Genetic heterogeneity among uterine leiomyomata: Insights into malignant progression

Jennelle C. Hodge, Cynthia C. Morton

Research output: Contribution to journalReview articlepeer-review

56 Scopus citations


Uterine leiomyomata (UL), also known as fibroids, are the most common pelvic tumors in women of reproductive age and are the primary indication for hysterectomy in the USA. Many lines of evidence indicate a strong genetic component to the development of these tumors. In fact, ∼40% of UL have non-random, tumor-specific chromosome abnormalities which have allowed classification into well-defined subgroups (deletion of portions of 7q, trisomy 12 or rearrangements of 12q15, 6p21 or 10q22) as well as identification of candidate genes for UL predisposition. Although benign, UL have been linked to malignancy through two genomic regions on chromosome 1. Mutation of fumarate hydratase (FH) at 1q43 is known to cause the Mendelian syndromes of multiple cutaneous and uterine leiomyomata (MCL) and hereditary leiomyomatosis and renal cell cancer (HLRCC), and recently, FH mutations have been detected in some non-syndromic UL. In addition, transcriptional profiling suggests that loss of the short arm of chromosome 1 in cellular leiomyomata, an uncommon histological variant of UL, may account in part for the presumed yet rare malignant transformation of UL to uterine leiomyosarcoma.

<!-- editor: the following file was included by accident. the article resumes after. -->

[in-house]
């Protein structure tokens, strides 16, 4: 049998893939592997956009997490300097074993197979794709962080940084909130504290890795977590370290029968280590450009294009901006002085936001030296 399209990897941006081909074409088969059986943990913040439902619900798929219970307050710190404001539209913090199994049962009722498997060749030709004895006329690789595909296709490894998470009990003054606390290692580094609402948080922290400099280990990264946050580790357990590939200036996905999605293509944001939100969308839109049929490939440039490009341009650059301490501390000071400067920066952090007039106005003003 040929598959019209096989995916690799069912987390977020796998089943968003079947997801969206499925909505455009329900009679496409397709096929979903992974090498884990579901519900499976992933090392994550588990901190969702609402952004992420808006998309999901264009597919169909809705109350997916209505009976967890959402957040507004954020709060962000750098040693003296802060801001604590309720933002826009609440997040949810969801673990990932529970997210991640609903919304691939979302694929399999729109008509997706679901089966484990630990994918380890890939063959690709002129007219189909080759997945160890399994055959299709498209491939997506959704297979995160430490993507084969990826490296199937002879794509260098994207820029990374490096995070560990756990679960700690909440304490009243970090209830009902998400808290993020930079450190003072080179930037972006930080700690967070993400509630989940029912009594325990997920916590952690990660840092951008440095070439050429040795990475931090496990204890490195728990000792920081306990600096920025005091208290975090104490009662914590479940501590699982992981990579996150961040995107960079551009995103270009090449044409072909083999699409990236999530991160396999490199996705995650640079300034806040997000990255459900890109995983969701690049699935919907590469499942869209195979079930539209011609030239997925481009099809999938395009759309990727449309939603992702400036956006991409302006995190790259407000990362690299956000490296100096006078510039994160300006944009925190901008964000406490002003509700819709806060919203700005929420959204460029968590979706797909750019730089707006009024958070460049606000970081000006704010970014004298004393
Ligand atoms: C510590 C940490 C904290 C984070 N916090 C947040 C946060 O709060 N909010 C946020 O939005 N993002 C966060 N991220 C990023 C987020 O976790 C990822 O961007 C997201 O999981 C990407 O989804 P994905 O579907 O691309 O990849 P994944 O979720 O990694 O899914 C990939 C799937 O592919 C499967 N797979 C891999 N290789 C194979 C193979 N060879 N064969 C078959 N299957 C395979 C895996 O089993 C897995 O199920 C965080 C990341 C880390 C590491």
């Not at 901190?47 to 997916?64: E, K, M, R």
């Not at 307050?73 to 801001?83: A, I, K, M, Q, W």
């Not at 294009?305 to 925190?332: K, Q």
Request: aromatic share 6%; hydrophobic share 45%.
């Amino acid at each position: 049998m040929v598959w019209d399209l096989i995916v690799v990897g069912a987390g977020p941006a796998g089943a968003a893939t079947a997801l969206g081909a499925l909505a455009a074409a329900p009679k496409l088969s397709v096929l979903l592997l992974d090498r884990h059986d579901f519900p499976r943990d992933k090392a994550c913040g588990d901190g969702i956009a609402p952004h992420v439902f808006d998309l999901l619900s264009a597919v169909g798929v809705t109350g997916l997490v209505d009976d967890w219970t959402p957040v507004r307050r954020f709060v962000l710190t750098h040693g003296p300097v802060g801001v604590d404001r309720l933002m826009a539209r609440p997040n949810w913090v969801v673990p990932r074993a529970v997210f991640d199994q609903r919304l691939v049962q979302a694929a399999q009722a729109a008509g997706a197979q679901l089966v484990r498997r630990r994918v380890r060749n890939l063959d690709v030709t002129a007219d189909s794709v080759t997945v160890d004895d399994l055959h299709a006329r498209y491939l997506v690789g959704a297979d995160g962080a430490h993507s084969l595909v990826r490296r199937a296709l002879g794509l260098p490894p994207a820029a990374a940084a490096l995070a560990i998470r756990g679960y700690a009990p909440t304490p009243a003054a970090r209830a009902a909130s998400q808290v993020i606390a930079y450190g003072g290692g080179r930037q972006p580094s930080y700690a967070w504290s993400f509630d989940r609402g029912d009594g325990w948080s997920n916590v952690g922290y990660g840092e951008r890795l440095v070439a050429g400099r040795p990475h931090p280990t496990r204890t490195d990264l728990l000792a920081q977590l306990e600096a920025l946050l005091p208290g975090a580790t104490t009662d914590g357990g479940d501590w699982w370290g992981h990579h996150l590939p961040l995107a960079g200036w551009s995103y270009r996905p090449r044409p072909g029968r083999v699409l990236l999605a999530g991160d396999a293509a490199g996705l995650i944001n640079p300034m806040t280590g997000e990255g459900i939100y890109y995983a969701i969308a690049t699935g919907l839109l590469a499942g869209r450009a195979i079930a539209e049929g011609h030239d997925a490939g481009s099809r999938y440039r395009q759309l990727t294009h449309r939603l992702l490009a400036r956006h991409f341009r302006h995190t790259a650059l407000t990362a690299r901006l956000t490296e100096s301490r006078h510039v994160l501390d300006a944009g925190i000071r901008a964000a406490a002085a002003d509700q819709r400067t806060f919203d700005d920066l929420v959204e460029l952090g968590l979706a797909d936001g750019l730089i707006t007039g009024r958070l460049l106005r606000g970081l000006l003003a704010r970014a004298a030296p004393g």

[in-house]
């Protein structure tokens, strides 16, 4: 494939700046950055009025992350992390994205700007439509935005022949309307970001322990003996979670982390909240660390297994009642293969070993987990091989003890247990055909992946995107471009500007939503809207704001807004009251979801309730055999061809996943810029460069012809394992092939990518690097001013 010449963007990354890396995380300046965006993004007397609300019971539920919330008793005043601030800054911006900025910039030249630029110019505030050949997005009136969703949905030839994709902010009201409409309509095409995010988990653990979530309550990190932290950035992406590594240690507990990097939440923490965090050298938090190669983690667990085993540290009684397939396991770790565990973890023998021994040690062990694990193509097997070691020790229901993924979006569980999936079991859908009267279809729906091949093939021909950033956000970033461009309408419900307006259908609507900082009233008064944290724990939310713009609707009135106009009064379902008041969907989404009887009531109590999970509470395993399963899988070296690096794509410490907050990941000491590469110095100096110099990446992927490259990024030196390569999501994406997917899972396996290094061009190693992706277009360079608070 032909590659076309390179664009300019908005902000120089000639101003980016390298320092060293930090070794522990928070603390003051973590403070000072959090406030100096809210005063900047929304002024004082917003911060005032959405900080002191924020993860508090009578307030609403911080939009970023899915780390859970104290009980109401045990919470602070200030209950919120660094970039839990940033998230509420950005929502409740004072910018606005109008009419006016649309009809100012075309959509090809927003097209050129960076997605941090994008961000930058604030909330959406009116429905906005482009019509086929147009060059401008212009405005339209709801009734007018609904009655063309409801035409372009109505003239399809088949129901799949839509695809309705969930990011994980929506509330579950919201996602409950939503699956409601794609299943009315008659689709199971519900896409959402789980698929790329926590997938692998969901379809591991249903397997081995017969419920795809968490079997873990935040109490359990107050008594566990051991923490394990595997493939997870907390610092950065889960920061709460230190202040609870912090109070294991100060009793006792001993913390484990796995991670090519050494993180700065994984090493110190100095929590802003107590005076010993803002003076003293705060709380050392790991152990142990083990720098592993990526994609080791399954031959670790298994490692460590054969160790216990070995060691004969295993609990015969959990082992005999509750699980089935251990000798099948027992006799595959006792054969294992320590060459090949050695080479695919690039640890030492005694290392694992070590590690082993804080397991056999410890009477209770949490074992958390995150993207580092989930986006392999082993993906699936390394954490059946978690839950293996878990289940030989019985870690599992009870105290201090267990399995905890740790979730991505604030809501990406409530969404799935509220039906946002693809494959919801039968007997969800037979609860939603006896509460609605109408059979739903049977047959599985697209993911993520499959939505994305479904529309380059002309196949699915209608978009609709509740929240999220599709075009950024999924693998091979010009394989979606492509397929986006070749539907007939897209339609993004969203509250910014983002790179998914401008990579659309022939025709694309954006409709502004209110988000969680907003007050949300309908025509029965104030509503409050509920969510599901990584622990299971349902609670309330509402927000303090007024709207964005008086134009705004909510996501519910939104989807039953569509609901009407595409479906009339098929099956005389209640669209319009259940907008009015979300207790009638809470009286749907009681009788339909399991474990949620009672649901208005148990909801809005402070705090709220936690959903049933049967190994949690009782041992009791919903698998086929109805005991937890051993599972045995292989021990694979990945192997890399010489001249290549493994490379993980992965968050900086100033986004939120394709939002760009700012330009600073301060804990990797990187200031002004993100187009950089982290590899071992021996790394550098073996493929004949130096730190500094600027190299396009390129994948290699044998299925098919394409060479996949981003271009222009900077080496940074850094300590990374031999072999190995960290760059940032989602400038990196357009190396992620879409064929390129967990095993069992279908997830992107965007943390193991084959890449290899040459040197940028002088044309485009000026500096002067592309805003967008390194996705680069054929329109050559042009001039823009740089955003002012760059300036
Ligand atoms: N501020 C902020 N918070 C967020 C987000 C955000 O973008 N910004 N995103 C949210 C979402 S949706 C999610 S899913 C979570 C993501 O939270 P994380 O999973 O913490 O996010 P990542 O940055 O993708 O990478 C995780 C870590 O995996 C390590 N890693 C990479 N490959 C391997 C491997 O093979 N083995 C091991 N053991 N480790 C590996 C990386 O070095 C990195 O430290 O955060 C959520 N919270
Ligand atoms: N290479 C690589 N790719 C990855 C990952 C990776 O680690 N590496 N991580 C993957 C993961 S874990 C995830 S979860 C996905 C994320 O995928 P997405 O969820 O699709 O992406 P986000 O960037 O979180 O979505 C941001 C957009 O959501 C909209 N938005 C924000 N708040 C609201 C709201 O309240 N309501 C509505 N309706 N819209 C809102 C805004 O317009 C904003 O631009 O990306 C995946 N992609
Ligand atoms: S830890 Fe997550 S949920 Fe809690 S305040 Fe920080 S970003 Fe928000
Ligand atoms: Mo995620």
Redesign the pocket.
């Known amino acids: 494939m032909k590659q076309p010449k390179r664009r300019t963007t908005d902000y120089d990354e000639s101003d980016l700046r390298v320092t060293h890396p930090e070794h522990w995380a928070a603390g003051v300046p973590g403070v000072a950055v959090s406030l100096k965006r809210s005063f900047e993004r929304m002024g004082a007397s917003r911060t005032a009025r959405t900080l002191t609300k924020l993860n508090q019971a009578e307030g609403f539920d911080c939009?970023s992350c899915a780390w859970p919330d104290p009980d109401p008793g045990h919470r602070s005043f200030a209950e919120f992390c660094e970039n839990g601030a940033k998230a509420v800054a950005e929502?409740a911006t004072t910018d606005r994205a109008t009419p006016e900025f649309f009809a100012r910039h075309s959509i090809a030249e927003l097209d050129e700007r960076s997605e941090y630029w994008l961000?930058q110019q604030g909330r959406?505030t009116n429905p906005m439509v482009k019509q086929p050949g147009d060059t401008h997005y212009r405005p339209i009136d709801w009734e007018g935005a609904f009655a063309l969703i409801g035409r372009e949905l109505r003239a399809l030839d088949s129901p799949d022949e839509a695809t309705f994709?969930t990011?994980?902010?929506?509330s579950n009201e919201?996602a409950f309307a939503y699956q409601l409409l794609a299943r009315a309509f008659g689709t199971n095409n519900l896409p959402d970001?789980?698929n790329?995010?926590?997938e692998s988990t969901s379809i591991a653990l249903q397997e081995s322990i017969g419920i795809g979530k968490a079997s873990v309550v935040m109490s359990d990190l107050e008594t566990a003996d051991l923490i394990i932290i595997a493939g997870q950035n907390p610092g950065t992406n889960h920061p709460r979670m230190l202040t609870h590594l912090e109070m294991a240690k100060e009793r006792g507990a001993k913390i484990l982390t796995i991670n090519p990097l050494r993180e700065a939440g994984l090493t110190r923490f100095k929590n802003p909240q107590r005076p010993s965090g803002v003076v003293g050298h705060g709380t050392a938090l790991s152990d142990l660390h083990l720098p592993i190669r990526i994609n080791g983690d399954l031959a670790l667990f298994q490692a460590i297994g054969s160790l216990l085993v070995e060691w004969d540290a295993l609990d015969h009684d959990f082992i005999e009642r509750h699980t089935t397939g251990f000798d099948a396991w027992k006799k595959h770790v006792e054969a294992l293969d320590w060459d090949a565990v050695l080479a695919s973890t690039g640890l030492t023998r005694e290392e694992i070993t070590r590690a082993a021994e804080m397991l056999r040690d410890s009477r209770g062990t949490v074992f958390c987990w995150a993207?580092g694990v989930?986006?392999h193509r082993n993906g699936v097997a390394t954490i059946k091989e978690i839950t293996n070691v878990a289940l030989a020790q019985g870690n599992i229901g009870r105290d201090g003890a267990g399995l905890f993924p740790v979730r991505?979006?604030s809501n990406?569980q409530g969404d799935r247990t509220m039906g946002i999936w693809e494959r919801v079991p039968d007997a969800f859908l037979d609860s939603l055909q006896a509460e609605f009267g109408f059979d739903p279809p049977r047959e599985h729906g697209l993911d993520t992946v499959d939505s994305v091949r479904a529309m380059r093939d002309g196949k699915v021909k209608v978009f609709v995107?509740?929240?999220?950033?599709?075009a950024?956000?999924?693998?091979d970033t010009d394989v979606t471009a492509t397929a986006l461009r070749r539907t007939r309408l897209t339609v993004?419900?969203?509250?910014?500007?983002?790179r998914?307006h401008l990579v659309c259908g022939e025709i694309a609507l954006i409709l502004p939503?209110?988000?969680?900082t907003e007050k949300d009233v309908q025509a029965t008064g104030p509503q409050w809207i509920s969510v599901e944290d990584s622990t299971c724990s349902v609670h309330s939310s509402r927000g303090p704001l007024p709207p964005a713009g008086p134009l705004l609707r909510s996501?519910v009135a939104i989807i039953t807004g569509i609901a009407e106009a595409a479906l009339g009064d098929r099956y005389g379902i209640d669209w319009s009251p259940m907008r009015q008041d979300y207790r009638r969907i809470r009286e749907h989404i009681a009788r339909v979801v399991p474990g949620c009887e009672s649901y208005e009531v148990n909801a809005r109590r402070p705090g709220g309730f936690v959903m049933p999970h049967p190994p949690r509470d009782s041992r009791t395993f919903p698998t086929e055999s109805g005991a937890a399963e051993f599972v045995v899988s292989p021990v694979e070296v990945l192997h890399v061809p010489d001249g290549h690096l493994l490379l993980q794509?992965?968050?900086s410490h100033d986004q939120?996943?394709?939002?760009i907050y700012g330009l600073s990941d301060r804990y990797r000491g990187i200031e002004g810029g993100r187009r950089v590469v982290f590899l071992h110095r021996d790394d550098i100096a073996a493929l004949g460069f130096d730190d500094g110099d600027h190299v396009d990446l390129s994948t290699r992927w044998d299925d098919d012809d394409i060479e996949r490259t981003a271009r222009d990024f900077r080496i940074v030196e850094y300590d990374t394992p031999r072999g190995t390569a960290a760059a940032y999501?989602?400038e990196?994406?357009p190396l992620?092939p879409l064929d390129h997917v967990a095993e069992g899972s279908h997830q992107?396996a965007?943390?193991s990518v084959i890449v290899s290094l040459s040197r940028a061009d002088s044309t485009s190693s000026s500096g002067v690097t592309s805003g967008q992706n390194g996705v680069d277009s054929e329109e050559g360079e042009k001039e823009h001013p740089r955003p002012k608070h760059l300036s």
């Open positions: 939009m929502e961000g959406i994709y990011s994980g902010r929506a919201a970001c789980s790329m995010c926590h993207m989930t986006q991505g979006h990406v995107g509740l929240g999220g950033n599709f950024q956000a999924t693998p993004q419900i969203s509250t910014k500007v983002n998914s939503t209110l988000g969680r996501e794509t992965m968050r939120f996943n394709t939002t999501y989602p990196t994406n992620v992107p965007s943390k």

Original languageEnglish (US)
Pages (from-to)R7-R13
JournalHuman molecular genetics
Issue numberR1
StatePublished - Apr 15 2007

ASJC Scopus subject areas

  • Molecular Biology
  • Genetics
  • Genetics(clinical)


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